Wednesday, March 16, 2016


Chronicler: John Byrne | Colorist: Glynis Wein | Letterer: Jim Novak
Editor: Tom DeFalco | Editor-in-Chief: Jim Shooter

The Plot: On a planet within the Negative Zone, the arrival of the Fantastic Four is observed by a group of primitive natives. These beings attack the FF, poisoning Mister Fantastic and rendering him unconscious. The fight is stopped by the village elder, Mama Shonti. She explains that the FF’s arrival was foretold in prophecy and that they are destined to destroy the massive walled city of Ootah, which expelled the natives years ago, forcing their devolution to a primitive state.

On Earth, Annihilus searches the Baxter Building for Franklin Richards, finds him, and takes him prisoner.

The natives prepare to sacrifice a young woman named Taiya to Ootah, but the Human Torch and the Thing rescue her. When the Thing proves that Ootah will destroy anything which attempts to pass through its walls, not just a living woman as the natives have long believed, the FF decide the city is malevolent and raze its walls. Reed comes around and attempts to stop them, but is too late. Ootah’s brain is destroyed and the villagers go berserk within the city limits, rampaging throughout.

As Ootah falls, Reed reveals that it was actually a highly evolved artificial intelligence which one day might have become sentient if not for the superstitions of its former inhabitants leading to its destruction.

Sub-Plots & Continuity Notes: Annihilus recalls that he once harnessed Franklin’s mutant power to his own sinister ends, but he is no longer able to do so thanks to the psychic blocks Franklin put in place in issue 245.

Is It Clobberin' Time? Yes, the Thing lays some clobberin’ on Ootah’s brain.

My Thoughts: Byrne has, as noted previously, used some of his FANTASTIC FOUR installments as a sort of “TWILIGHT ZONE” anthology series, using the FF to explore unusual phenomena around the world. Here, he begins a storyline which will see the series turn into an analogue for STAR TREK as the FF spend a few issues seeking out new life and new civilizations in the Negative Zone. This first stop in particular has a very TREKish feel to it, with the team encountering a race of primitives and, without a “Prime Directive” to follow, inadvertently doing harm to their world’s development.

But of more interest to me is the fact that Byrne randomly draws this issue in landscape format. Every page, including the cover (save the “Marvel Comics Group” trade dress and the issue number and Comics Code seal) is orientated horizontally. The bizarre thing about this is it serves no purpose. I get that it’s a fun and different thing to do, and it’s cool to read a comic with an unusual layout, but one would expect the story to somehow facilitate such a concept. However, outside of a title which stretches to justify the experiment, there’s nothing about this issue that couldn’t have been done in standard portrait style orientation.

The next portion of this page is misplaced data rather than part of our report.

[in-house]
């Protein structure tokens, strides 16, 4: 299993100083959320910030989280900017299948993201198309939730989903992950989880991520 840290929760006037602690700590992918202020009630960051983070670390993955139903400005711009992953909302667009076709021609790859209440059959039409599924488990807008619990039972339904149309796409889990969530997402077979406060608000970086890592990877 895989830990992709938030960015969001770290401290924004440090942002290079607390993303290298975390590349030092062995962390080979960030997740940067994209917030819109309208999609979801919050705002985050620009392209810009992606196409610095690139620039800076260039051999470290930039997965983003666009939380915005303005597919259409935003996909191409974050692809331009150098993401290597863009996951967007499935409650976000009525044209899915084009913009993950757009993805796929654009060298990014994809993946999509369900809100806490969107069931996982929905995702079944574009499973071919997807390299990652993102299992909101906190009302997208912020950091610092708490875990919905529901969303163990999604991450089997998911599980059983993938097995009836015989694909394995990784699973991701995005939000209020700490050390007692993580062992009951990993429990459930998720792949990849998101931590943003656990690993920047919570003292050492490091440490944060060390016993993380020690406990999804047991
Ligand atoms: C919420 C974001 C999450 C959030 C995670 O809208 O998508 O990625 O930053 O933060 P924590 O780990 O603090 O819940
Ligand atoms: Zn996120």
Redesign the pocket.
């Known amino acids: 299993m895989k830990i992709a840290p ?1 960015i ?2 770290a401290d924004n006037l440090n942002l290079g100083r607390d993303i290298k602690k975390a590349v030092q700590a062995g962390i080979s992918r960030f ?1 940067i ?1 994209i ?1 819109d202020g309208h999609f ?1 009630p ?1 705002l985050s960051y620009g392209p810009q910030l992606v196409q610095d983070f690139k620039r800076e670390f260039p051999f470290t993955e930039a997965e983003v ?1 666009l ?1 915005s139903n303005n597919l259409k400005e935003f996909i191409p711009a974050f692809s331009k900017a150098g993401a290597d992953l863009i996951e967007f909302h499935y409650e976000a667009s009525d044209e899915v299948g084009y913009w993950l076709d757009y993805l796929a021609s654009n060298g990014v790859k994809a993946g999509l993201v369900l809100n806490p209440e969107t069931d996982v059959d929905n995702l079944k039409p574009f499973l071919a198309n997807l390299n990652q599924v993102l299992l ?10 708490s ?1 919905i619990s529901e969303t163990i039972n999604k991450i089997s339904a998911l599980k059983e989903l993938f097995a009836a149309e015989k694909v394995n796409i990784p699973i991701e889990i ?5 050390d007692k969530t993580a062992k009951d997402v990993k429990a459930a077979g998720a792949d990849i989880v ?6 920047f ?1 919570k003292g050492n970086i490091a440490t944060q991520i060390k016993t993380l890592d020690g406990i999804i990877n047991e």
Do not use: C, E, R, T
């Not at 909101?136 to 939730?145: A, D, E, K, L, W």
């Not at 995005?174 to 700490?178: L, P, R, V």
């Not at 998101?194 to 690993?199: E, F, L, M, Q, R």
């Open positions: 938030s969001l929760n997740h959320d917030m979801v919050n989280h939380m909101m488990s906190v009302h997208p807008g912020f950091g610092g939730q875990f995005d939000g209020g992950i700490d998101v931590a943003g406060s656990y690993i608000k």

So the story’s not bad and the artistic experiment is kind of interesting; it just would've been nice if they could have been tied together somehow.


  1. Thing proves that Ootah will destroy anything which attempts to pass through its walls, not just a living woman as the natives have long believed

    One of the effectively most horrible scenes in comics. The realization that they have been sending numerous innocent people to be disintegrated by what is revealed to be a completely automated ray cannon isn't helped one bit by Ben choosing this moment to crack a joke about it.

    1. There are a handful of insensitive remarks like that in Byrne's run. For all he's ragged on Chris Claremont about doing bits that conflict with characterization, Byrne also has an issue with occasionally injecting wisecracks into inappropriate moments.

  2. I really can't stand entirely landscaped comics. Just one of those inexplicable pet peeves that I can't get past. Something about having to turn, then hold, the comic sideways the whole time, for such little gain.

    1. Try reading it in an Omnibus! I most frequently read lying down, holding the book above me or propping it up on my chest. For this one, I had to lay it flat and roll over onto my belly to read it.


  3. Even though you’ve made Twilight Zone references in previous posts, I visualized the show’s logo this time for some reason — which made me realize how much it resembles the lettering style of the Fantastic Four and Amazing Adult Fantasy logos. They share a general design sense with other stuff from that era, but I can’t help wondering if Stan was trying to create a visual/mental association with what he must’ve found to be one of television’s most interesting series.

    1. Hey, good eye! I never really thought about it, but the classic FF logo really does appear to be influenced by the TWILIGHT ZONE logo. That has to be intentional.